It feels really good to hit a milestone with this project.

Gathering Table – Day 24

(Part nine of a continuing series)

Wednesday was a very good day. The humidity and temps were low enough that I was able to process seven boards or so in the morning without breaking a sweat. I was so enthused I returned in the afternoon and processed five more. I still didn’t sweat as much as I did Monday morning.

The process was the same, without too much issue. Run through jointer, then planer, then return to the master stack. I filled my separator up twice! I know immediately when the separator is fulled when using the planer, as I disconnect the vac hose, and I get showered with chips. The blower on the planer is that powerful. Makes a huge mess if it starts right at the beginning of a board, and especially bad if I’m doing a full width plane. Luckily with both instances I was cleaning up the edge of the boards.

Gathering Table – Day 22

(Part eight of a continuing series)

The humidity here is like a shower following you wherever you go.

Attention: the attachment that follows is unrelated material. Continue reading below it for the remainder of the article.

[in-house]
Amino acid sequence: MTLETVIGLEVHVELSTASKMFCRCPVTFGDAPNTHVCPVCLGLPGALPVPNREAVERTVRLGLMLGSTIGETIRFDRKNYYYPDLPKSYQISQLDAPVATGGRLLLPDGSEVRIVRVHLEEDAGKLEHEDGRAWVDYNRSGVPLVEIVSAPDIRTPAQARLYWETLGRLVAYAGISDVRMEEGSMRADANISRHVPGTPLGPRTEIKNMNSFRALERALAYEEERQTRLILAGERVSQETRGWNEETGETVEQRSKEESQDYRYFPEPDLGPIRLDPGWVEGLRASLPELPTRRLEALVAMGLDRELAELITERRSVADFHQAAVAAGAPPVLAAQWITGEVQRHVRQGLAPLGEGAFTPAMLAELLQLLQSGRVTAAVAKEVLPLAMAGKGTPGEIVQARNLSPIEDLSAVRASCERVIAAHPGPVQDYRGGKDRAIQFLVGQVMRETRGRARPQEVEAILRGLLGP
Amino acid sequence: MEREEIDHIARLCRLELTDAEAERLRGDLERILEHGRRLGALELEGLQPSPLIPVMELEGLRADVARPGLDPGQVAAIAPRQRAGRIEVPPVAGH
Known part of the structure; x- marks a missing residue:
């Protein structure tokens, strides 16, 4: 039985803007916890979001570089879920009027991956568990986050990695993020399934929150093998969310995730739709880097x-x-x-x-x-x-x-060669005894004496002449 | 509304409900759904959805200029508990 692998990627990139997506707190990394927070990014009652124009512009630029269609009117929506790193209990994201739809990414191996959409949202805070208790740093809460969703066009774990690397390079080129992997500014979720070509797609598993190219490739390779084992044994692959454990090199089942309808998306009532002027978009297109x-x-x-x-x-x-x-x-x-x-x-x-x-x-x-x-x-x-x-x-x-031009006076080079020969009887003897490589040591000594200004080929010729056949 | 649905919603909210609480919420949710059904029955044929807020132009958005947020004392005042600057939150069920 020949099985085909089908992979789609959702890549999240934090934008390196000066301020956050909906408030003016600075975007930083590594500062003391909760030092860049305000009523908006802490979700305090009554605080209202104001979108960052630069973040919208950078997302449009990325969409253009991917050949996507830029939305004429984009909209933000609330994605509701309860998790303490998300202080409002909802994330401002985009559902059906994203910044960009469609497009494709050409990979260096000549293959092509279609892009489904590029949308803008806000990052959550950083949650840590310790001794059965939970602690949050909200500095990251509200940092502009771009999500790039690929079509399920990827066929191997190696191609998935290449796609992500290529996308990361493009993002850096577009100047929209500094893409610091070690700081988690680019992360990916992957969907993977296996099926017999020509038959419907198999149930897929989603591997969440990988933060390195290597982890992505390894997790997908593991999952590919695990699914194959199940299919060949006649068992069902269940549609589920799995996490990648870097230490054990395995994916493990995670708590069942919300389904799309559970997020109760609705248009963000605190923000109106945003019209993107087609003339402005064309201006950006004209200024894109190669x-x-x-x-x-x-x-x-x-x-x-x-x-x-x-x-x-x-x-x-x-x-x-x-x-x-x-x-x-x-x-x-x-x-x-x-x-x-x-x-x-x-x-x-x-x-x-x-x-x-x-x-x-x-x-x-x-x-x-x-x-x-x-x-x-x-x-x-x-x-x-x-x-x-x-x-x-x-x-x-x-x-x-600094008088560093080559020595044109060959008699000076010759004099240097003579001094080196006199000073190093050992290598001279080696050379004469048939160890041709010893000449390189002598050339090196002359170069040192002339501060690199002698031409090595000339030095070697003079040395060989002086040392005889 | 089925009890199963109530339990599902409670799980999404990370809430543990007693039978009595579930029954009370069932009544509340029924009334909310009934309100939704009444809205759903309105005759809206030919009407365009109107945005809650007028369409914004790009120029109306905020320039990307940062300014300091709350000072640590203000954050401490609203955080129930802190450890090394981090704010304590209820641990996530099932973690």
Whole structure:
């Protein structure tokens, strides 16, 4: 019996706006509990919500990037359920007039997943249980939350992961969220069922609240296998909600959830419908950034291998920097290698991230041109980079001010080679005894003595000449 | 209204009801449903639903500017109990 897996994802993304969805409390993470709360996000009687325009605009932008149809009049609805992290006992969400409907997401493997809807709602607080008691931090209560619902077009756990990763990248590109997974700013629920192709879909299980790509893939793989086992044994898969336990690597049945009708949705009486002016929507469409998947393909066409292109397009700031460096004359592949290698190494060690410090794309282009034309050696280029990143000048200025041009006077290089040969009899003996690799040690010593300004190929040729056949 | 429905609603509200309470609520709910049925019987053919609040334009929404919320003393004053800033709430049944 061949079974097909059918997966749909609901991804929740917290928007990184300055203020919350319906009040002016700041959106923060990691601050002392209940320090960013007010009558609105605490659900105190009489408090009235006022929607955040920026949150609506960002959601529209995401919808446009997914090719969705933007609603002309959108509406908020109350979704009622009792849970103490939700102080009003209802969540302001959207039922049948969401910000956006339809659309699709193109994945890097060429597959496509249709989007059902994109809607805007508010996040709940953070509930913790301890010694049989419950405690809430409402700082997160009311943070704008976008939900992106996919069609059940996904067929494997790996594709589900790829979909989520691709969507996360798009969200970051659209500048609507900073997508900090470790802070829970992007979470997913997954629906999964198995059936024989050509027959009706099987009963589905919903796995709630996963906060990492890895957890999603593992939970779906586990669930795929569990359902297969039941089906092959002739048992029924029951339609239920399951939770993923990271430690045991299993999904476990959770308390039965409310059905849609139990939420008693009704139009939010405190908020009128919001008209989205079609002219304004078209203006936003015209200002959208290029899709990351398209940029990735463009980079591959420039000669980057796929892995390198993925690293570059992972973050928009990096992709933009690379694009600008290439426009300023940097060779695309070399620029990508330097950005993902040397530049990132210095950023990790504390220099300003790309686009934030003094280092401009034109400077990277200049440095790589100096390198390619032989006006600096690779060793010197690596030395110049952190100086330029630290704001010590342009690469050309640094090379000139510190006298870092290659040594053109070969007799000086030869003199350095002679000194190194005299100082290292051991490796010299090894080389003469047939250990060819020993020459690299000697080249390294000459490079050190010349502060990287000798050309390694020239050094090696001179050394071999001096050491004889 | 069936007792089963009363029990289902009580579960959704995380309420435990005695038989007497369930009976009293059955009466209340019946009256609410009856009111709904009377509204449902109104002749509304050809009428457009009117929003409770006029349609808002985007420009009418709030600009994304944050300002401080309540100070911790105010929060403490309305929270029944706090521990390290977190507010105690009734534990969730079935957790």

I went out to the shop today to start on processing the rest of the boards. I thought I would be really efficient and get them all done, but I was only able to do four. The sweat was pouring off of me onto tools and wood, so I decided to stop at an even number. As usual I ran through the jointer several times to get two adjacent sides squared up, then I ran through the planer on the other two sides down to what I needed. Since I pulled all the boards out at once and stacked them up, the processed boards went back on the sticker stack to adjust. Hopefully I’ll get all the boards done this week, everything will sit for a few days, and then it becomes crunch time – all the boards get cut into their respective parts and labeled. Then the first of August or so I cut Dominos and dadoes and we start dry assembly.